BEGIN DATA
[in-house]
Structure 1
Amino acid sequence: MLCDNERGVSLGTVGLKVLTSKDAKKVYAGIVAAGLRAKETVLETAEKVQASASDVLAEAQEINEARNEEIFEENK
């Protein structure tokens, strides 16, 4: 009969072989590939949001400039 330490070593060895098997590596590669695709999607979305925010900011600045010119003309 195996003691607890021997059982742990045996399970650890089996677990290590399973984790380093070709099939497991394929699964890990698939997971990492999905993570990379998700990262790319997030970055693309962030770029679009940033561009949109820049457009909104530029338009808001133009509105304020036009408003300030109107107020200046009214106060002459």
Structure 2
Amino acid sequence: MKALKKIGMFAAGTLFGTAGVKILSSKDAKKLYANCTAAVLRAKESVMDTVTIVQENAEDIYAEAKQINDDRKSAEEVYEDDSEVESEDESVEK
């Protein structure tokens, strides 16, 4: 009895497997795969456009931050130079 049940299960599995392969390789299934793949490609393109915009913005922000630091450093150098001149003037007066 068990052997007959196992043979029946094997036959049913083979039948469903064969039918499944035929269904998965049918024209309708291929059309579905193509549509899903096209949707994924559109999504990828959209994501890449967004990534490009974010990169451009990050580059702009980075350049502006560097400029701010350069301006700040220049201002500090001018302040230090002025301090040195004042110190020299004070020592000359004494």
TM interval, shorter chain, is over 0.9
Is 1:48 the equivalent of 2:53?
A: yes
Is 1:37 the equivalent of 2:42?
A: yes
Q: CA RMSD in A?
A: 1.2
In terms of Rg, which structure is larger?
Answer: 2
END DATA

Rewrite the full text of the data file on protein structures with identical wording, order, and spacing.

[in-house]
Structure 1
Amino acid sequence: MLCDNERGVSLGTVGLKVLTSKDAKKVYAGIVAAGLRAKETVLETAEKVQASASDVLAEAQEINEARNEEIFEENK
């Protein structure tokens, strides 16, 4: 009969072989590939949001400039 330490070593060895098997590596590669695709999607979305925010900011600045010119003309 195996003691607890021997059982742990045996399970650890089996677990290590399973984790380093070709099939497991394929699964890990698939997971990492999905993570990379998700990262790319997030970055693309962030770029679009940033561009949109820049457009909104530029338009808001133009509105304020036009408003300030109107107020200046009214106060002459």
Structure 2
Amino acid sequence: MKALKKIGMFAAGTLFGTAGVKILSSKDAKKLYANCTAAVLRAKESVMDTVTIVQENAEDIYAEAKQINDDRKSAEEVYEDDSEVESEDESVEK
């Protein structure tokens, strides 16, 4: 009895497997795969456009931050130079 049940299960599995392969390789299934793949490609393109915009913005922000630091450093150098001149003037007066 068990052997007959196992043979029946094997036959049913083979039948469903064969039918499944035929269904998965049918024209309708291929059309579905193509549509899903096209949707994924559109999504990828959209994501890449967004990534490009974010990169451009990050580059702009980075350049502006560097400029701010350069301006700040220049201002500090001018302040230090002025301090040195004042110190020299004070020592000359004494």
TM interval, shorter chain, is over 0.9
Is 1:48 the equivalent of 2:53?
A: yes
Is 1:37 the equivalent of 2:42?
A: yes
Q: CA RMSD in A?
A: 1.2
In terms of Rg, which structure is larger?
Answer: 2